Of course you can integrate the renaming into your build-process, but sometimes its handy to do it manually. Under OSX the application NameChanger helps. (Freeware)

  1. Download EasyBeans Bundles, actual SNAPSHOT
  2. unzip
  3. open NameChanger
  4. Drag'n'Drop EaysyBeans Bundles into NameChanger
  5. Replace All Occurences of „-1.“ with „_1.“
  6. Click on Rename

PDE Target Platform - Avoid Duplicate Bundles [OSX]

An important part while developing OSGI - Enterprise - Applications is the correct use of PDE Target Platforms. My current ERP project uses:

  • Eclipse SDK
  • Eclipse Equinox SDK
  • Eclipse Riena
  • ....

While creating your Target Platform you'll notice that some downloads contain the same bundles, per ex. downloading Eclipse Platform SDK and Equinox SDK.  

You should know that there are some problems with Target Platforms using duplicates at different locations. Bugzilla 209915, 233096. So its a good idea to avoid duplicates.

If you have installed Apples XCode Tools for OSX, then you can use the application FileMerge:

Whats our goal ? We need all bundles from Equinox SDK not contained in Eclipse Platform SDK.  We choose the following directory locations:

LEFT: plugins folder from Platform SDK
RIGHT: plugins folder from Equinox SDK
MERGE: target plugins folder to get only those Equinox Plug-Ins not already contained in Platform SDK.


EXCLUDE: Identical + Changed Left
EDIT Menu: Select ALL

Now we can add the merged folder as location to our Target Platform.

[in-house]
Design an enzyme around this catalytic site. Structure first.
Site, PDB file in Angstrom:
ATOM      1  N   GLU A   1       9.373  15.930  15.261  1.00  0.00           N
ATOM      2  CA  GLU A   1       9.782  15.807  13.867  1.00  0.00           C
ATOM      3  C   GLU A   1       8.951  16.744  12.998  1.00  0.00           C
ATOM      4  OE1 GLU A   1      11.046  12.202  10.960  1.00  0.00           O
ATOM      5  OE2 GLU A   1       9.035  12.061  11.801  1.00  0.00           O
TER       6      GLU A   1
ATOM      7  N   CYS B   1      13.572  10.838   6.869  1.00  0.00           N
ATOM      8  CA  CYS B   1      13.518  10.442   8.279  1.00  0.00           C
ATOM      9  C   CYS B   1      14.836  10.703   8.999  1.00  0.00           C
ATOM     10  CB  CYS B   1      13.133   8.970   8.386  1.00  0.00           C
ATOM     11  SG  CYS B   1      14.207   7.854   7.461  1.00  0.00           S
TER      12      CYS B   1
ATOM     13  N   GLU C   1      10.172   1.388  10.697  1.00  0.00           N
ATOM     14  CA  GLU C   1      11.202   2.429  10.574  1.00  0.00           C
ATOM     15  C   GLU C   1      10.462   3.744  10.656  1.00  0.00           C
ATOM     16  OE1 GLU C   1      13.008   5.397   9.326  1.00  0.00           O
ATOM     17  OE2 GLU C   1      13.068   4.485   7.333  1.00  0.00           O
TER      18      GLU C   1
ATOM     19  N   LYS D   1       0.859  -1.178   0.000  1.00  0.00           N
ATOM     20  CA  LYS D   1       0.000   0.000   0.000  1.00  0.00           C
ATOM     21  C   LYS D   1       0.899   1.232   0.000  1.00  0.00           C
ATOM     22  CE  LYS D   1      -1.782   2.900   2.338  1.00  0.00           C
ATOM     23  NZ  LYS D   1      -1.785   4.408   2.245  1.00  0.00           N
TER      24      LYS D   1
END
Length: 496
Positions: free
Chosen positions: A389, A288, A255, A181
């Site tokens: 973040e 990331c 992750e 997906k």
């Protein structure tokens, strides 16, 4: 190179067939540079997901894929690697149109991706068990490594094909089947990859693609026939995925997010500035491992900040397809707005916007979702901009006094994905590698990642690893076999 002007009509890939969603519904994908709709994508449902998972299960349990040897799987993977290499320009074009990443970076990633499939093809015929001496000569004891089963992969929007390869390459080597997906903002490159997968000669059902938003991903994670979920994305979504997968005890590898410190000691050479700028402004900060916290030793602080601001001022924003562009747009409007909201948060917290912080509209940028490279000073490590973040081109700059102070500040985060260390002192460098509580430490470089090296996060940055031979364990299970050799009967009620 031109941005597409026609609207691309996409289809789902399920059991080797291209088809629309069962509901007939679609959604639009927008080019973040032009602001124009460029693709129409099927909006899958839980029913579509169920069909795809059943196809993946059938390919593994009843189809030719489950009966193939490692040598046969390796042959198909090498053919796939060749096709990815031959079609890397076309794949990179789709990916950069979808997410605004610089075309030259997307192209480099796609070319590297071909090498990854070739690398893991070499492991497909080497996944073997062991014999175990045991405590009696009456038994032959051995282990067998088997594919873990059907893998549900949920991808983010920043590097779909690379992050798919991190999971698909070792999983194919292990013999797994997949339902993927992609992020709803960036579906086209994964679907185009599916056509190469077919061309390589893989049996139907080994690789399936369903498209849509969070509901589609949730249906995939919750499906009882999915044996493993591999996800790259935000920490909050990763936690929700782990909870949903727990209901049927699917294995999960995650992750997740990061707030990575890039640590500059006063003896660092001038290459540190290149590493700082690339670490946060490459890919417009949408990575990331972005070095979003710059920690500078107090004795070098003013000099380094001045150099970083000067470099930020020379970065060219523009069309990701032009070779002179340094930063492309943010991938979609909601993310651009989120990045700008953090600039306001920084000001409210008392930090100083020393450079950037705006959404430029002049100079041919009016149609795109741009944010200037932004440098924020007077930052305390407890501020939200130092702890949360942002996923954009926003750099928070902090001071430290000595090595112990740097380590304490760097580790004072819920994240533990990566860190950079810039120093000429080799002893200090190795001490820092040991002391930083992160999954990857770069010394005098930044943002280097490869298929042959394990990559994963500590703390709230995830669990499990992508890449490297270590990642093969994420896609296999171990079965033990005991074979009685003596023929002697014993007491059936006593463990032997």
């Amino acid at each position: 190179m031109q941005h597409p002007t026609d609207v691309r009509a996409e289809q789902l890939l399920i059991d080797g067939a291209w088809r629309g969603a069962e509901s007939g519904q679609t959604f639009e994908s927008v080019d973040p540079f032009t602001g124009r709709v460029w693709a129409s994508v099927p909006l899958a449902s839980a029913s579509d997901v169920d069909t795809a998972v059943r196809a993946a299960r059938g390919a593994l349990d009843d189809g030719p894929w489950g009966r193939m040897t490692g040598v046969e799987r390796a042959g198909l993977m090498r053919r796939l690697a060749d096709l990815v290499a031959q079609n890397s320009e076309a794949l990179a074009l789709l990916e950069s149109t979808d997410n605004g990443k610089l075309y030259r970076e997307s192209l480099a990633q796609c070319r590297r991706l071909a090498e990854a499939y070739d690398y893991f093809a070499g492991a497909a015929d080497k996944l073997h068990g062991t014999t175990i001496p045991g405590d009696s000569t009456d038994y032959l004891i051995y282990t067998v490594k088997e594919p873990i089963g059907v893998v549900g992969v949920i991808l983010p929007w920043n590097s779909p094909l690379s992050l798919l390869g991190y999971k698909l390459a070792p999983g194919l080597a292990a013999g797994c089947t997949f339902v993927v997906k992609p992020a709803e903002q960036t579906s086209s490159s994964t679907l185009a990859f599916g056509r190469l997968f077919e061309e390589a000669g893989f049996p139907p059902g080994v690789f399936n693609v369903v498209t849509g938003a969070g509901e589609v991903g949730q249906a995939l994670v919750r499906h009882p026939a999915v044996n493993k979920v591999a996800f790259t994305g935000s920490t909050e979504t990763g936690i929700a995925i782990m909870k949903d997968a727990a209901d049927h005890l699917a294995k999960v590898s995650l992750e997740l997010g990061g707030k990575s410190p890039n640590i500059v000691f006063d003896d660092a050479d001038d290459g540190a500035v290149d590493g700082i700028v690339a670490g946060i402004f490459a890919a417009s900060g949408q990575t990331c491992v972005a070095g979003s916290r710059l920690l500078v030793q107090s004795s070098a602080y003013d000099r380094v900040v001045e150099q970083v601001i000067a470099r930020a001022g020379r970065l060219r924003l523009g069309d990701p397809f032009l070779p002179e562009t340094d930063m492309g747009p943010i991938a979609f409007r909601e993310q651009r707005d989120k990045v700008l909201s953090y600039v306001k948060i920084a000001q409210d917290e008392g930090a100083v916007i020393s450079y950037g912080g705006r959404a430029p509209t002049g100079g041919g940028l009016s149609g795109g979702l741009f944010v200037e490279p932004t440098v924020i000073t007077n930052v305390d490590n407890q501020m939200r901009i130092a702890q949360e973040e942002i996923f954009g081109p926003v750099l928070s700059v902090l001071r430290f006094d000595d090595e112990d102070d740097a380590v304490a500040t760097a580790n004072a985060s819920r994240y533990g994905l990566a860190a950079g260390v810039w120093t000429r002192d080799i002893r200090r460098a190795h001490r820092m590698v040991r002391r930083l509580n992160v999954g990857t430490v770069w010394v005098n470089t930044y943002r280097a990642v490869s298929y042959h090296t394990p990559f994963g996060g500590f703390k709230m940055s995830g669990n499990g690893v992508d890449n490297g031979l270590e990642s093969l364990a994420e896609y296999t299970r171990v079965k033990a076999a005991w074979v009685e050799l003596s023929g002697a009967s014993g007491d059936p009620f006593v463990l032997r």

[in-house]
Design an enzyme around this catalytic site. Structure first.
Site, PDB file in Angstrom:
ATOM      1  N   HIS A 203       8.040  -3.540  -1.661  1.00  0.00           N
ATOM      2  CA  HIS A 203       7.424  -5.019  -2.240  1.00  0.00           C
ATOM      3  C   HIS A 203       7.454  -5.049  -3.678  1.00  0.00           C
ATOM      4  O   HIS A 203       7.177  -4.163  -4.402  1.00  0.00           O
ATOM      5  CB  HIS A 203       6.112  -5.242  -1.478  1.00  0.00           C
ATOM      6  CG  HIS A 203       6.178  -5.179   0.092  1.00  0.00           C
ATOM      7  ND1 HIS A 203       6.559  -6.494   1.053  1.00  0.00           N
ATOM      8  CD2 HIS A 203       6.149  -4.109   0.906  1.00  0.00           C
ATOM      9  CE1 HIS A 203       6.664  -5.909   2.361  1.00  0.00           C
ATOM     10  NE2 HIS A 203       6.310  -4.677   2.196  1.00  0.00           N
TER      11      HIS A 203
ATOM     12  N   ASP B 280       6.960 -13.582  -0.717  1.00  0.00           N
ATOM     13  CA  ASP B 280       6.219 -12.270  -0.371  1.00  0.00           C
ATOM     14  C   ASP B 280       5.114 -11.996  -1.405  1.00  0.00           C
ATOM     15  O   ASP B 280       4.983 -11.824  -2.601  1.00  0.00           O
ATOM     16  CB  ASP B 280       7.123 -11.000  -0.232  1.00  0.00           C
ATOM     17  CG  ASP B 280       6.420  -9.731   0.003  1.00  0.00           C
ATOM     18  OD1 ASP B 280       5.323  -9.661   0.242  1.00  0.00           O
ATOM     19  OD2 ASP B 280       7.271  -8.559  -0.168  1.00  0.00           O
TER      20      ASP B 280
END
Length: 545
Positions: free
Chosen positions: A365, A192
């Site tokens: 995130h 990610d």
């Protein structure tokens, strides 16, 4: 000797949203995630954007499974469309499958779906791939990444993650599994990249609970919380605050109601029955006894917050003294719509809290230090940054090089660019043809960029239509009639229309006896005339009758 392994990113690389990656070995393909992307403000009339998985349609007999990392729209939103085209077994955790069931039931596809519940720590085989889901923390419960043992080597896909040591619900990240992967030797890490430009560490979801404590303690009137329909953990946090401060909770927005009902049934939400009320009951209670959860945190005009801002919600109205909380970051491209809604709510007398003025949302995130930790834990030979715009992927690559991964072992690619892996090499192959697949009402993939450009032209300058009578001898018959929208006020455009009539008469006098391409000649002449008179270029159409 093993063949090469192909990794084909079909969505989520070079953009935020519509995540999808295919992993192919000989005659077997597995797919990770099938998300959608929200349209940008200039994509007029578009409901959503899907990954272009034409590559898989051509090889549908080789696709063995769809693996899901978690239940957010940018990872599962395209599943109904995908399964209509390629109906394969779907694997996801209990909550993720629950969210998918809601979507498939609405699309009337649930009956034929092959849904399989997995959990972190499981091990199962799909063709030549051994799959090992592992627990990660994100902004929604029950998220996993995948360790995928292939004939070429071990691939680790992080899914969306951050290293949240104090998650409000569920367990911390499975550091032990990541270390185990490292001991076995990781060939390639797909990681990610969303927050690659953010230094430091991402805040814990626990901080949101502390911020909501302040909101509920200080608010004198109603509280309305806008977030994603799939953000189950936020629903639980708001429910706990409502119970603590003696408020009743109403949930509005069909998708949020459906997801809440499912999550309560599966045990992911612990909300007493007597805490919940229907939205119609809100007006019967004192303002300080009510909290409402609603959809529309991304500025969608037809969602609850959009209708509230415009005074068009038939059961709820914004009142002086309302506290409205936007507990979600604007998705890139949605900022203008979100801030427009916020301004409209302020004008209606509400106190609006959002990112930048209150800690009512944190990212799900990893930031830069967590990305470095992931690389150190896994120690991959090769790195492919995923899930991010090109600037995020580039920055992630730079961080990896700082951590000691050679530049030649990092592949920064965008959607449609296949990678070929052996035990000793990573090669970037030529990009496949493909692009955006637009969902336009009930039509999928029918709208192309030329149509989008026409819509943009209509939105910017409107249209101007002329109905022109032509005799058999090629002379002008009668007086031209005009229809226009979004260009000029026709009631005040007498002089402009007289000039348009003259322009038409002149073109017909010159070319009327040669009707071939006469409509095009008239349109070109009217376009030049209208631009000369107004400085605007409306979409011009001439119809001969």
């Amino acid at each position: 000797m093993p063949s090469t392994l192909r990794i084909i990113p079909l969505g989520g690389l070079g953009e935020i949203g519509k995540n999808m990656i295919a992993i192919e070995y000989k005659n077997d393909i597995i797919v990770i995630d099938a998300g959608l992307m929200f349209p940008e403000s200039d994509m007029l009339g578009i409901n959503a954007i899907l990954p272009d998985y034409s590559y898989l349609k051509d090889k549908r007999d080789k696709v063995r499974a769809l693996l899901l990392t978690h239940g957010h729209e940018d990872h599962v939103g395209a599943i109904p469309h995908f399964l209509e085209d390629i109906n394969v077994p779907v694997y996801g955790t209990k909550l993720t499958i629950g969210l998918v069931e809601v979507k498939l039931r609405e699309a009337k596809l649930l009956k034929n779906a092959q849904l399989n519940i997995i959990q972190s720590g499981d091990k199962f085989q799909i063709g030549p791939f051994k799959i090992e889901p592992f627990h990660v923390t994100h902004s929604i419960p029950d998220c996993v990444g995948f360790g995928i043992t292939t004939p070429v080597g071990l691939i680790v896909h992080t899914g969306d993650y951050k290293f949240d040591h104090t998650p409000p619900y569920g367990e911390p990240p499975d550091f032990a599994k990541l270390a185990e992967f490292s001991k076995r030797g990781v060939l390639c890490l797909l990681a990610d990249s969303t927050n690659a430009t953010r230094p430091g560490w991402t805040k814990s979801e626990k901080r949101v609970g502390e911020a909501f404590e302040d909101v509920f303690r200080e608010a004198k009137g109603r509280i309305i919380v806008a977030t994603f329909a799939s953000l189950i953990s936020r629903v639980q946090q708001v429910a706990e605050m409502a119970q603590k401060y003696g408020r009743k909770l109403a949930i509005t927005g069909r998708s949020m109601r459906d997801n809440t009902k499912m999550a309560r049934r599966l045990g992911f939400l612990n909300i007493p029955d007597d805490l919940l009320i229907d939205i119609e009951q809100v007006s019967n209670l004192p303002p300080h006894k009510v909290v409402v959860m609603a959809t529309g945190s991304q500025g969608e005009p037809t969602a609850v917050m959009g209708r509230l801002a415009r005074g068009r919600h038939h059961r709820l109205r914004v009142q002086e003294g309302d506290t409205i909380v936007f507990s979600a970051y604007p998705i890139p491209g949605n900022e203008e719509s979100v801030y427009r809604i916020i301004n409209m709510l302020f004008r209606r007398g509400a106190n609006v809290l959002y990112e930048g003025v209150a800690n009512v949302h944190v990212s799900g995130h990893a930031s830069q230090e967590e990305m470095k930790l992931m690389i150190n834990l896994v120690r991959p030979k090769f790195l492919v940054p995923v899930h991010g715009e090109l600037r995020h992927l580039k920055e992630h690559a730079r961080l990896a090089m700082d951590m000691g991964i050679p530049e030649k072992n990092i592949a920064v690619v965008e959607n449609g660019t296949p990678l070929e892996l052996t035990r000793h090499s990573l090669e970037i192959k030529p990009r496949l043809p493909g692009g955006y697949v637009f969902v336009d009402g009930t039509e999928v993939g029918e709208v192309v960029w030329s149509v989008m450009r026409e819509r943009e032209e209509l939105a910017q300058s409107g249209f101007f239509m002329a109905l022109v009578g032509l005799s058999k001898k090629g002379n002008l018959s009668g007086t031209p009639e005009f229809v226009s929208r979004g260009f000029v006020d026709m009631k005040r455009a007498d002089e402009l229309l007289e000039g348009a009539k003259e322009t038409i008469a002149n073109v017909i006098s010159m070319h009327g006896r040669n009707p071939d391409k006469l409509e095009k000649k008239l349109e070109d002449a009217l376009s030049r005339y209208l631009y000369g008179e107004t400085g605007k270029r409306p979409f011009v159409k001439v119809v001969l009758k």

Wednesday, September 10, 2008

PDE and 3rdParty Bundles in OSGI Enterprise apps

If you're developing an OSGI based Enterprise Application you'll always reach a point where you have to integrate external libraries, bundles or whole projects. In many cases PDE tooling will be your friend.

You have to watch some rules to make life easier - for you and others using your bundles. I already talked about this in previous blog entries. Hopefully it will help you to avoid chaos in your OSGI environment.

1. JAR - Files as Bundles

As a good citizen of OSGI world there's the first rule: 

Rule 1: 
Always put dependent JAR Files in separate bundles and describe the dependencies in your Manifest file. 
Don't hide those JARs in your own bundle. 

Then its much easier to re-use bundles or to let your bundles play together with others.

PDE makes it very easy to create bundles (plug-ins) from JAR - Files: Select New - Plug-In Development - Plug-in from existing JAR - archives, choose the JAR File - and thats it :-). 
Attention - please use this comfortable function as last of your steps ! At first follow the next rule for good OSGI citizens:

Rule 2: 
If a Bundle for your dependent JAR File already exists in one of the Bundle Repositories - then choose this. 
Don't create your own bundles for existing ones.

How do you know, if there's already a bundle ? Here's my way to search bundles:

  1. Does the bundle exist in the SpringSource Enterprise Bundle Repository ? SpringSource is my first choose, because all bundles and dependencies are described there in detail. A great thanks to the SpringSource Team for this great work.
  2. Does the bundle exist in the Eclipse Orbit Repository ? You can find an overview here.
  3. To be sure also search for the bundle at OSGI (look at OBR Bundle Repository).